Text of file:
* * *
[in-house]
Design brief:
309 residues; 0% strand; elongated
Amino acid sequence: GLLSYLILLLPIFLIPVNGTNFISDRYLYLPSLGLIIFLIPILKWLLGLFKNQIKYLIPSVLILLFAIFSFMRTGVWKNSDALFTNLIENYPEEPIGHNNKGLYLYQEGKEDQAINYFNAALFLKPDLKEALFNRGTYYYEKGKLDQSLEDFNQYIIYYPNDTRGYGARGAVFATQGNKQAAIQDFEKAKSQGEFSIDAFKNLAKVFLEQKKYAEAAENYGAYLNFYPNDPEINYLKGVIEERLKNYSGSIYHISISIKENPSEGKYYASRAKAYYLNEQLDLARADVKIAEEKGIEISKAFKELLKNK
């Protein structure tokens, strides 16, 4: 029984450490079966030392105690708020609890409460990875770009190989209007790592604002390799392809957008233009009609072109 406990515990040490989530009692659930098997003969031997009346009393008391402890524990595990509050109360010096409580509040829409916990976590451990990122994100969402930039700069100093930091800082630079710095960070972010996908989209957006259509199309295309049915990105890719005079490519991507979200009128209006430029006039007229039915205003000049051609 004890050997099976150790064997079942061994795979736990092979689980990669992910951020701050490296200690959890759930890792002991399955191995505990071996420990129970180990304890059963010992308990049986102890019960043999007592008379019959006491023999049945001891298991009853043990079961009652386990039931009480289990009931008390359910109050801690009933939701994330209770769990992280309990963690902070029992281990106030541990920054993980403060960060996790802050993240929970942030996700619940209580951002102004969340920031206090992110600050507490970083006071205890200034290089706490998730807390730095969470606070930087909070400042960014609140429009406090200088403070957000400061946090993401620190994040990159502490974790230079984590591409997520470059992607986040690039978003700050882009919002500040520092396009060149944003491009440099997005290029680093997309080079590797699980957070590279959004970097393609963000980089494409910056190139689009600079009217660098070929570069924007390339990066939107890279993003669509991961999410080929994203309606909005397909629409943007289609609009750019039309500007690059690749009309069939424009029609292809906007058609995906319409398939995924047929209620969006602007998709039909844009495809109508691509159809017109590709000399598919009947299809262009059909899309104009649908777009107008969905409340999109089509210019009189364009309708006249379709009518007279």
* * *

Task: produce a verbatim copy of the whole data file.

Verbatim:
[in-house]
Design brief:
309 residues; 0% strand; elongated
Amino acid sequence: GLLSYLILLLPIFLIPVNGTNFISDRYLYLPSLGLIIFLIPILKWLLGLFKNQIKYLIPSVLILLFAIFSFMRTGVWKNSDALFTNLIENYPEEPIGHNNKGLYLYQEGKEDQAINYFNAALFLKPDLKEALFNRGTYYYEKGKLDQSLEDFNQYIIYYPNDTRGYGARGAVFATQGNKQAAIQDFEKAKSQGEFSIDAFKNLAKVFLEQKKYAEAAENYGAYLNFYPNDPEINYLKGVIEERLKNYSGSIYHISISIKENPSEGKYYASRAKAYYLNEQLDLARADVKIAEEKGIEISKAFKELLKNK
């Protein structure tokens, strides 16, 4: 029984450490079966030392105690708020609890409460990875770009190989209007790592604002390799392809957008233009009609072109 406990515990040490989530009692659930098997003969031997009346009393008391402890524990595990509050109360010096409580509040829409916990976590451990990122994100969402930039700069100093930091800082630079710095960070972010996908989209957006259509199309295309049915990105890719005079490519991507979200009128209006430029006039007229039915205003000049051609 004890050997099976150790064997079942061994795979736990092979689980990669992910951020701050490296200690959890759930890792002991399955191995505990071996420990129970180990304890059963010992308990049986102890019960043999007592008379019959006491023999049945001891298991009853043990079961009652386990039931009480289990009931008390359910109050801690009933939701994330209770769990992280309990963690902070029992281990106030541990920054993980403060960060996790802050993240929970942030996700619940209580951002102004969340920031206090992110600050507490970083006071205890200034290089706490998730807390730095969470606070930087909070400042960014609140429009406090200088403070957000400061946090993401620190994040990159502490974790230079984590591409997520470059992607986040690039978003700050882009919002500040520092396009060149944003491009440099997005290029680093997309080079590797699980957070590279959004970097393609963000980089494409910056190139689009600079009217660098070929570069924007390339990066939107890279993003669509991961999410080929994203309606909005397909629409943007289609609009750019039309500007690059690749009309069939424009029609292809906007058609995906319409398939995924047929209620969006602007998709039909844009495809109508691509159809017109590709000399598919009947299809262009059909899309104009649908777009107008969905409340999109089509210019009189364009309708006249379709009518007279």